Collection News / Penn Libraries

Norfolk Journal and Guide, 1916-2003

One of the most important black southern newspapers published in the mid- to late-20th century. By the end of World War II the Journal and Guide had a circulation of over 80,000 that included editions published in Richmond, Baltimore and Washington D.C.  Because of its location, the Journal and Guide was often forced to take a more moderate position on issues then northern black newspapers; it’s financial viability was premised on its ability to attract advertising from white companies that would not support a paper with ‘radical’ positions on issues such as racial equality.  Also, it undertook campaigns, such as one against the first great migration, that were contrary to the views of black newspapers in the North.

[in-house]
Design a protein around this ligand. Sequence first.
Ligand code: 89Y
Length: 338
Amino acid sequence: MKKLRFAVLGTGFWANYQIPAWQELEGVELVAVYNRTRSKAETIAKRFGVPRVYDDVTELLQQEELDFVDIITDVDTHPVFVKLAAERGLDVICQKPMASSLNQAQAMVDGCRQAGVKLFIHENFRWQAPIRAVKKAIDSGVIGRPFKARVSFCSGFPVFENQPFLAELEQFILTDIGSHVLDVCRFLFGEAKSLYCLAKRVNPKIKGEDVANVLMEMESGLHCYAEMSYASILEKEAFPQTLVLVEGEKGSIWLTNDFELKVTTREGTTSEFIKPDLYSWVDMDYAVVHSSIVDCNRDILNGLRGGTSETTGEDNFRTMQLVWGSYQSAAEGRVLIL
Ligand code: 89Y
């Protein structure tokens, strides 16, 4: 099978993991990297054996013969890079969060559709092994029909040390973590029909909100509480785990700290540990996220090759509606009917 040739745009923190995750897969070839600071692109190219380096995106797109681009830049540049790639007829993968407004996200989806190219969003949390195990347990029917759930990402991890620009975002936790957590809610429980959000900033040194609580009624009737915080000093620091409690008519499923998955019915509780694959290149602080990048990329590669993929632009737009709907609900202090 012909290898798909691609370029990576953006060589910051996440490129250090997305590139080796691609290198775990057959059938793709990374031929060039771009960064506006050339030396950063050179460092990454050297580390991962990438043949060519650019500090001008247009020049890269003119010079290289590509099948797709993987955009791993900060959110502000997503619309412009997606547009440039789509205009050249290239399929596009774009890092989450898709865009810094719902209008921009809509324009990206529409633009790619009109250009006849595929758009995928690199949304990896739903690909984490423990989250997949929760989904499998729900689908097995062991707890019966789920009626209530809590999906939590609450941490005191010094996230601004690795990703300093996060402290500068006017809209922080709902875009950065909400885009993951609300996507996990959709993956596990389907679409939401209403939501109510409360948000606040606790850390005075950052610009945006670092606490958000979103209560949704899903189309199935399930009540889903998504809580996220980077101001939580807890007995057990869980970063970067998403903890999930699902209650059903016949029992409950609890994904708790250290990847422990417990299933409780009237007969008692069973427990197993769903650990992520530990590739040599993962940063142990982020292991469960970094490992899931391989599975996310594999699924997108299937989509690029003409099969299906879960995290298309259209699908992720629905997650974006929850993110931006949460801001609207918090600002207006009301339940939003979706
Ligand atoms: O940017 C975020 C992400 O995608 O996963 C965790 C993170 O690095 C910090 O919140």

Nonetheless, the Journal and Guide crusaded for labor integration, greater investment in infrastructure-such as paved roads-for African Americans, against lynching, and in support of the Scottsboro Boys.

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